Description

Three species of fiddler crabs, Uca minax, U. pugnax, and U. pugilator, are commonly found in estuaries along the Atlantic coast, each with distinct adult habitats differing in salinity and sediment grain size. Prior research has found evidence for larvae exhibiting selective settlement; however, the degree to which and the method by which they choose their species-appropriate habitat to settle in is still unknown. Additionally, a recent study determined that chemical cues from adult crabs stimulate molting in field-caught fiddler crab megalopae, as previously determined in lab-reared megalopae. However, in 35 ppt seawater, few U. minax molted. This study tested the hypotheses that 1) chemical cues from adult fiddler crabs would stimulate molting of conspecific megalopae in 10 ppt seawater, and 2) that at 10 ppt, more U. minax would molt than at 35 ppt. Adult chemical cues accelerated molting in field-caught megalopae of U. pugilator and U. pugnax, which both molted significantly earlier in all odor water treatments than in the control water, and fastest in conspecific water. U. pugilator megalopae were stimulated to molt in all treatments, whereas U. pugnax molted mostly in conspecific odor. However, even at 10 ppt, few U. minax molted, and there were no differences in molting frequency or time among treatments. The few U. minax molts suggest that these experimental conditions may still not be ideal for them, and other factors may be responsible for stimulating and accelerating their molting and settlement site selection.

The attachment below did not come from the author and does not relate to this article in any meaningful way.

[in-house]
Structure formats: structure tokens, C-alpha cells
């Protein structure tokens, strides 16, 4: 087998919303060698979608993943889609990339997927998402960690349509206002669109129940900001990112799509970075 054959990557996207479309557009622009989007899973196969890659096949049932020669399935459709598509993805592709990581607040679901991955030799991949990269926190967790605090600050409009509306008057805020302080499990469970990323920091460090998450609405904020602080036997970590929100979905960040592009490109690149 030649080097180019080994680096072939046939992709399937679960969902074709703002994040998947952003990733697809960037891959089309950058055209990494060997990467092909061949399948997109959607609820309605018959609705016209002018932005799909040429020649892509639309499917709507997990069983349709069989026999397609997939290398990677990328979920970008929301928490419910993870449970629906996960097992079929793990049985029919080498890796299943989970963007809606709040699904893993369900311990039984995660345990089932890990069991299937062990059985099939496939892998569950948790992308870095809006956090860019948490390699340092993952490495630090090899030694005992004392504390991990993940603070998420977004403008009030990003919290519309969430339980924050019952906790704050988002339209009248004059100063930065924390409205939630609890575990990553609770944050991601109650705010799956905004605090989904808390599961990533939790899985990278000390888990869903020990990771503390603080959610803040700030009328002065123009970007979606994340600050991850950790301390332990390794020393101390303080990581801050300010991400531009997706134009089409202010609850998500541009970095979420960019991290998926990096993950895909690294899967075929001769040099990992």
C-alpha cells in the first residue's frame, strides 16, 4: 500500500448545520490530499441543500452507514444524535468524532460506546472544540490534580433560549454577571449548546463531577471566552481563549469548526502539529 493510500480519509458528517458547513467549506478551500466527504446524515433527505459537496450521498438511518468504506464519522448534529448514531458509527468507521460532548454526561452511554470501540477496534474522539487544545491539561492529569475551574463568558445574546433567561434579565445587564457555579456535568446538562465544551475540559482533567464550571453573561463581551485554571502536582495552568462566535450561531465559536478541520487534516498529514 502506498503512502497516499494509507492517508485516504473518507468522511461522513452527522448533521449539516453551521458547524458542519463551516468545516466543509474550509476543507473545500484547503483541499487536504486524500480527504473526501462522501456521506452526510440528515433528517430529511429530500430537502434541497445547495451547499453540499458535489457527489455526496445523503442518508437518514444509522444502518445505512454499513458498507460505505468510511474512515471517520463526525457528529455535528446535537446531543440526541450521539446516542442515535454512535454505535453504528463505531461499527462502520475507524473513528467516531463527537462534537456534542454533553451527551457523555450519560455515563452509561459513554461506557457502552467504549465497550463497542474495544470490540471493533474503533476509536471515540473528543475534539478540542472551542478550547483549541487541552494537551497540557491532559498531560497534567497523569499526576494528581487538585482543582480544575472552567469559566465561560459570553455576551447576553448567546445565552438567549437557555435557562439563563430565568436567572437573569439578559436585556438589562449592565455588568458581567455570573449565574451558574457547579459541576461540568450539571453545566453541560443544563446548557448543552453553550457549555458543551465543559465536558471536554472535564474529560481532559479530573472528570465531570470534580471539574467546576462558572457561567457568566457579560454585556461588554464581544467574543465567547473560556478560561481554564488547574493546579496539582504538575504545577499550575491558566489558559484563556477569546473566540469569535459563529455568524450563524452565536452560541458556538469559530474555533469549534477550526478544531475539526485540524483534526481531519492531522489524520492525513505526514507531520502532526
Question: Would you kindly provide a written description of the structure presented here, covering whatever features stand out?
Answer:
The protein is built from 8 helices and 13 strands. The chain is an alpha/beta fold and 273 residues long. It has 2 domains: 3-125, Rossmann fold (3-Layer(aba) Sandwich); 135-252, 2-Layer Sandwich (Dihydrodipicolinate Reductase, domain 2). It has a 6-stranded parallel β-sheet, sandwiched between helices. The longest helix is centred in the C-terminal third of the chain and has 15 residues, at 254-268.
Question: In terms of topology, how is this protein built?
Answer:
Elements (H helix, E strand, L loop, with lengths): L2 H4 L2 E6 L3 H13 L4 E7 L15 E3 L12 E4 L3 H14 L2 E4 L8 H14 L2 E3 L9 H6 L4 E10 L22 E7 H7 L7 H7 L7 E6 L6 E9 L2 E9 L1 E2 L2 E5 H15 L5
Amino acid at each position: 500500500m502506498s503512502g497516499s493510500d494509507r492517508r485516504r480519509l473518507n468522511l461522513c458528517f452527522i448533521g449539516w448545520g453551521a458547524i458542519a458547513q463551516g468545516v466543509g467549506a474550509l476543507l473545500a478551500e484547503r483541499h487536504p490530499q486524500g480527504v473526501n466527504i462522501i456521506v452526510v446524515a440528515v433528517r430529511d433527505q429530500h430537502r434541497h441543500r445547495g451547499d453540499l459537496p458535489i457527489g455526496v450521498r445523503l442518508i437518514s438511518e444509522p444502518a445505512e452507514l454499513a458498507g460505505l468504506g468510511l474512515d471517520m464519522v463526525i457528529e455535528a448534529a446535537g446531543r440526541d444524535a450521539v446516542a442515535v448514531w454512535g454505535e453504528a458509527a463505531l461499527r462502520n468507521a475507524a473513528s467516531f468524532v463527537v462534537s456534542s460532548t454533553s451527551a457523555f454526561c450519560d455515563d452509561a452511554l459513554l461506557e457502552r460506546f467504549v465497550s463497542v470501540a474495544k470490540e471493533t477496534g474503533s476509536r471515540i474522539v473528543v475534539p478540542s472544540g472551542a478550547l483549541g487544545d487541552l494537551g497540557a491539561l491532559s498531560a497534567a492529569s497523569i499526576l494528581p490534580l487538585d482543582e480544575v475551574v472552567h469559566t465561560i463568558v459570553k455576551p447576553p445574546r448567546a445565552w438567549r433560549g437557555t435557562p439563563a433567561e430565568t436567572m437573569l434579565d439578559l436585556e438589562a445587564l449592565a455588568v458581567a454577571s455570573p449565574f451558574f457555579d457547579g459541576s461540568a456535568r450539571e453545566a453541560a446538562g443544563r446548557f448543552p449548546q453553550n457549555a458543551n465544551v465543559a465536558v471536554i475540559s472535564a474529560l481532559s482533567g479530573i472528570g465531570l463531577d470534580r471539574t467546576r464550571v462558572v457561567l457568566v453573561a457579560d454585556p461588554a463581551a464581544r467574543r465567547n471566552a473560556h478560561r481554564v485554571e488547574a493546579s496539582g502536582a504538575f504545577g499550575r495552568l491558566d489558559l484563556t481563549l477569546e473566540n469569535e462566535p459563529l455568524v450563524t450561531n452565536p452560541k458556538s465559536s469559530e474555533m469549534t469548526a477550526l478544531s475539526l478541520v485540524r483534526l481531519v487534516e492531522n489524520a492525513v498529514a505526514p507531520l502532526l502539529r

COinS
 

Effect of Chemical Cues on Molting of Fiddler Crab Megalopae in 10 ppt Seawater

Three species of fiddler crabs, Uca minax, U. pugnax, and U. pugilator, are commonly found in estuaries along the Atlantic coast, each with distinct adult habitats differing in salinity and sediment grain size. Prior research has found evidence for larvae exhibiting selective settlement; however, the degree to which and the method by which they choose their species-appropriate habitat to settle in is still unknown. Additionally, a recent study determined that chemical cues from adult crabs stimulate molting in field-caught fiddler crab megalopae, as previously determined in lab-reared megalopae. However, in 35 ppt seawater, few U. minax molted. This study tested the hypotheses that 1) chemical cues from adult fiddler crabs would stimulate molting of conspecific megalopae in 10 ppt seawater, and 2) that at 10 ppt, more U. minax would molt than at 35 ppt. Adult chemical cues accelerated molting in field-caught megalopae of U. pugilator and U. pugnax, which both molted significantly earlier in all odor water treatments than in the control water, and fastest in conspecific water. U. pugilator megalopae were stimulated to molt in all treatments, whereas U. pugnax molted mostly in conspecific odor. However, even at 10 ppt, few U. minax molted, and there were no differences in molting frequency or time among treatments. The few U. minax molts suggest that these experimental conditions may still not be ideal for them, and other factors may be responsible for stimulating and accelerating their molting and settlement site selection.

 

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